• You’ll have to make an effort to find one locally
  • A little slow on long climbs
  • Still has rim brake routing through the top tube (new carbon molds are expensive)
  • Watch that toe overlap
  • I wasn’t much of a fan of the stock saddle, but that’s personal preference

The Bottom Line: BH Quartz Disc

Let me sum this up for you — this might be the best bang-for-the-buck I’ve ever swung a leg over. With excellent comfort and an everyman’s geometry, you may be fooled into thinking it is merely a “gentleman’s bike,” but don’t buy it — this is not your father’s endurance machine. Handling is responsive and accurate without being twitchy at all. Long climbs will meet their match and winding descents will be certain to put a smile on your face.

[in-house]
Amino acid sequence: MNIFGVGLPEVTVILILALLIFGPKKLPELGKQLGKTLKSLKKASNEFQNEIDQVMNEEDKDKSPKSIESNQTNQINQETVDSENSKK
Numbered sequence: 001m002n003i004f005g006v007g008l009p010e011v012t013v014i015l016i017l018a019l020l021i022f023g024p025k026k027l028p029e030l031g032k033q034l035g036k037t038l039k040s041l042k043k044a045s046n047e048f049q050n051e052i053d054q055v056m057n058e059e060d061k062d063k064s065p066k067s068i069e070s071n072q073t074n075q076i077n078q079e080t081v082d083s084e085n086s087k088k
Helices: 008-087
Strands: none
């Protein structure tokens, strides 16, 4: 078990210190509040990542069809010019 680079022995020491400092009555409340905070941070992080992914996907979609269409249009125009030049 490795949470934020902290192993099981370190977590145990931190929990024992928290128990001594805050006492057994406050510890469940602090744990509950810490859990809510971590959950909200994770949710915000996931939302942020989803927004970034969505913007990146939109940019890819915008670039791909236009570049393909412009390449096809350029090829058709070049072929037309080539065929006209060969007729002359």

Buy Now: Find Your Local BH Dealer


In Summary

8.8 A Killer Value

The BH Quartz Disc Ultegra may be labeled an "endurance" bike, but don't think this is a snoozer. No sir. Behind the upright geometry is a responsive and comfortable bike that will deliver a smooth ride that will keep you smiling -- especially on curvy descents.

  • Ride Quality 9
  • Handling 9
  • Climbing 7
  • Descending 10
  • Pedaling Efficiency 8
  • Value 10

About Author

A native of the Pacific Northwest, Jason quickly developed a love for the outdoors and a thing for mountains. That infatuation continues as he founded this site in 1999 -- sharing his love of road biking, mountain biking, trail running and skiing. That passion is channeled into every article or gear review he writes. Utah's Wasatch Mountains are his playground.